Tomato Spotted Wilt Virus in Potatoes
Note Number: AG0891
Published: May 2004
Updated: August 2010
Tomato spotted wilt virus (TSWV) is common and widespread throughout Australia and affects around 500 species of crops, ornamentals and weeds. In potatoes, it is particularly important in seed crops, because it can be passed on to successive crops in seed tubers.
TSWV symptoms can vary greatly according to the strain of virus and potato variety.
Potato plants with TSWV may show dead (necrotic) spots or patches on the leaves. These can appear as concentric rings separated by green tissue, which may lead to confusion with target spot (early blight). Severely affected stems, and occasionally the whole plant, may die. Plants grown from infected tubers are severely stunted, with a rosette form of growth and dark green leaves. See Figures 1 and 2.
Potato tubers can grow normally after TSWV infection, but may be small and distorted and show sunken, black necrotic spots. Internally, tubers may have hollow necrotic centres, dark shadowing and necrotic spots. These spots may appear as concentric rings and be visible through the skin (Figure 3). However, it is also possible for infected tubers to show no external symptoms.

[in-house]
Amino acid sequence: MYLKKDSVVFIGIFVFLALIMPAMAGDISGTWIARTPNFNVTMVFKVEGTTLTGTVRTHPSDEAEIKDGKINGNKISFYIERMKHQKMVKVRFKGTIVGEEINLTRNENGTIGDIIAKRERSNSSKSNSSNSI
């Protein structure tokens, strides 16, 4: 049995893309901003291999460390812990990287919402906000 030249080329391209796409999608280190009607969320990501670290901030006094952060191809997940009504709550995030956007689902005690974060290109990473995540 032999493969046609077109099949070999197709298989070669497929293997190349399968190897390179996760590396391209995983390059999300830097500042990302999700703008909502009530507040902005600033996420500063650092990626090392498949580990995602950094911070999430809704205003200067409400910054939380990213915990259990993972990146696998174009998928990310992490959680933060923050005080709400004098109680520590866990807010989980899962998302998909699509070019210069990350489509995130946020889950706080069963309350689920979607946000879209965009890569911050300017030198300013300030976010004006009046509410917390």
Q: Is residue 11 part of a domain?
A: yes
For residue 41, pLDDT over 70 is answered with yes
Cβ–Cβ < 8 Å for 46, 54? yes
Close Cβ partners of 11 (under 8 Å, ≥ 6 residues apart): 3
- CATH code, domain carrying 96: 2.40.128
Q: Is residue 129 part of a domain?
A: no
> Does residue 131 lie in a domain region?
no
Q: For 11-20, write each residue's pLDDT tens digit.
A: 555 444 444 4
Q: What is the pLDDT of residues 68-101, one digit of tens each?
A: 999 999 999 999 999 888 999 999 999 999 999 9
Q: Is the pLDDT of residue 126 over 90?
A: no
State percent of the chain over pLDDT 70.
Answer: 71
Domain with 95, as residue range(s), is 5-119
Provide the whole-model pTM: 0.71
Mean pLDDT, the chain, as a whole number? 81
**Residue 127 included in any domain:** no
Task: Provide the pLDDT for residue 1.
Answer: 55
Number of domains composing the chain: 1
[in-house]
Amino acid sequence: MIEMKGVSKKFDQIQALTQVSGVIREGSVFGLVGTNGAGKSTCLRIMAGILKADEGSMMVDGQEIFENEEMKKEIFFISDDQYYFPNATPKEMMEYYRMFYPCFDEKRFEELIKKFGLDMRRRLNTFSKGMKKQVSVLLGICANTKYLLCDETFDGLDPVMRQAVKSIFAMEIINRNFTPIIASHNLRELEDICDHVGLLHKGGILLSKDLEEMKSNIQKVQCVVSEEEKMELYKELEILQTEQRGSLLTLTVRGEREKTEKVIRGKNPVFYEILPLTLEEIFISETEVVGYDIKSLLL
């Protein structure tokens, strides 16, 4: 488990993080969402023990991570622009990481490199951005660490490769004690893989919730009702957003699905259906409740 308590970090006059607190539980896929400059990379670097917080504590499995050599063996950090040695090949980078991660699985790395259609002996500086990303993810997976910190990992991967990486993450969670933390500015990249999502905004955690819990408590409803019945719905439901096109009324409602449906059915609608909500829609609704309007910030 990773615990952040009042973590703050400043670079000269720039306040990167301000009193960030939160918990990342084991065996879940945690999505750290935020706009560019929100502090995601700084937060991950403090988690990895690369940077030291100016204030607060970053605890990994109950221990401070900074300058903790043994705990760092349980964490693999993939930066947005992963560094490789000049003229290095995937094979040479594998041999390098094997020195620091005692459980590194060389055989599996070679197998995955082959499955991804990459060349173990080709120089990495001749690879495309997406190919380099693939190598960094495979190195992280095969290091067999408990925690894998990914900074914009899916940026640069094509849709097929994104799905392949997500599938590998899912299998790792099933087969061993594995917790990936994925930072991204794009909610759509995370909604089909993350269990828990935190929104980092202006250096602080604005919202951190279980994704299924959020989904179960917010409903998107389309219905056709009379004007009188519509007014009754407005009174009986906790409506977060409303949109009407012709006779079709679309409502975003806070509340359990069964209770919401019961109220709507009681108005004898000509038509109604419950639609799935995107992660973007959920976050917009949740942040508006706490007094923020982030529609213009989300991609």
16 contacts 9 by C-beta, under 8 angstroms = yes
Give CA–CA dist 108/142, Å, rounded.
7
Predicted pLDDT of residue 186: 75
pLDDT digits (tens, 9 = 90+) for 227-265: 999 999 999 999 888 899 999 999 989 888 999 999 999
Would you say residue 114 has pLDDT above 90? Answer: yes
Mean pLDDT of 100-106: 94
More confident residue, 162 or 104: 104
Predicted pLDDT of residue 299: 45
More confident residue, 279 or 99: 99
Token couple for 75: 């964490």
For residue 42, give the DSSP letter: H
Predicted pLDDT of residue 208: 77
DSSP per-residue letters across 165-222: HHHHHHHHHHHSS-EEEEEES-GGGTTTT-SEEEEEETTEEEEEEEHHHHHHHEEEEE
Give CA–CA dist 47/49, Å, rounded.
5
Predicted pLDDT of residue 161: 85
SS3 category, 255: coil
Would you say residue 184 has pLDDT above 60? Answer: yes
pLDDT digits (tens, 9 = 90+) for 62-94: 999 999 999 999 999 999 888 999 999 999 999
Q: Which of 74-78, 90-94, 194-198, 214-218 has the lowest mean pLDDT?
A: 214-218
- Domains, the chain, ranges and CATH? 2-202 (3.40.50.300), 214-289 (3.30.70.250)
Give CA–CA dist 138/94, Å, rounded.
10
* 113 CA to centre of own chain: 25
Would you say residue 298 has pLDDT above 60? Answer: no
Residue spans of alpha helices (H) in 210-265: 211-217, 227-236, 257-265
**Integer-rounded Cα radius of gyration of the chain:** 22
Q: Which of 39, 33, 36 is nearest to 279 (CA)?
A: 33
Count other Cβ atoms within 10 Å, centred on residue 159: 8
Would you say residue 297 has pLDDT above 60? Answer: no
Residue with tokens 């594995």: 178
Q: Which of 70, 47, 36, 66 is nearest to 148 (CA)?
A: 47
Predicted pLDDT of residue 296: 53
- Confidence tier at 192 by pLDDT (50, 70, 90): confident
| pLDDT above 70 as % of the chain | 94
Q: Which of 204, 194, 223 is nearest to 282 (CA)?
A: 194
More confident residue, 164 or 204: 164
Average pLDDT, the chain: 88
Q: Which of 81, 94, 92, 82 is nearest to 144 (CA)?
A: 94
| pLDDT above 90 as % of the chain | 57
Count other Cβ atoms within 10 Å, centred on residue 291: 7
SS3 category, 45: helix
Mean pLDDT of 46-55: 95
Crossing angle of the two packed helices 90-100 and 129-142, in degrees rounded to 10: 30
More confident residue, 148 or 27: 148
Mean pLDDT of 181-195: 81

By reducing tuber size, TSWV reduces the total yield of a crop. Tuber distortions and internal necrosis caused by the virus affect crop quality and further reduce marketable yield.
Spread and source of infection
TSWV is spread in potato crops by planting infected seed tubers and by some species of thrips, which are small (1-2mm long), flying insects.
Infected potato seed
TSWV can be carried from one potato crop to the next through infected seed. However, some potato varieties are much more likely to pass on the virus than others (Table 1).
Table 1. Percentage of TSWV infection carried over to the next crop in different potato varieties.
Organisms which are responsible for spreading a disease are known as vectors of the disease. Several species of thrips that are well-established in Australian potato districts can act as vectors of TSWV, by transmitting it from an infected plant to a healthy potato plant.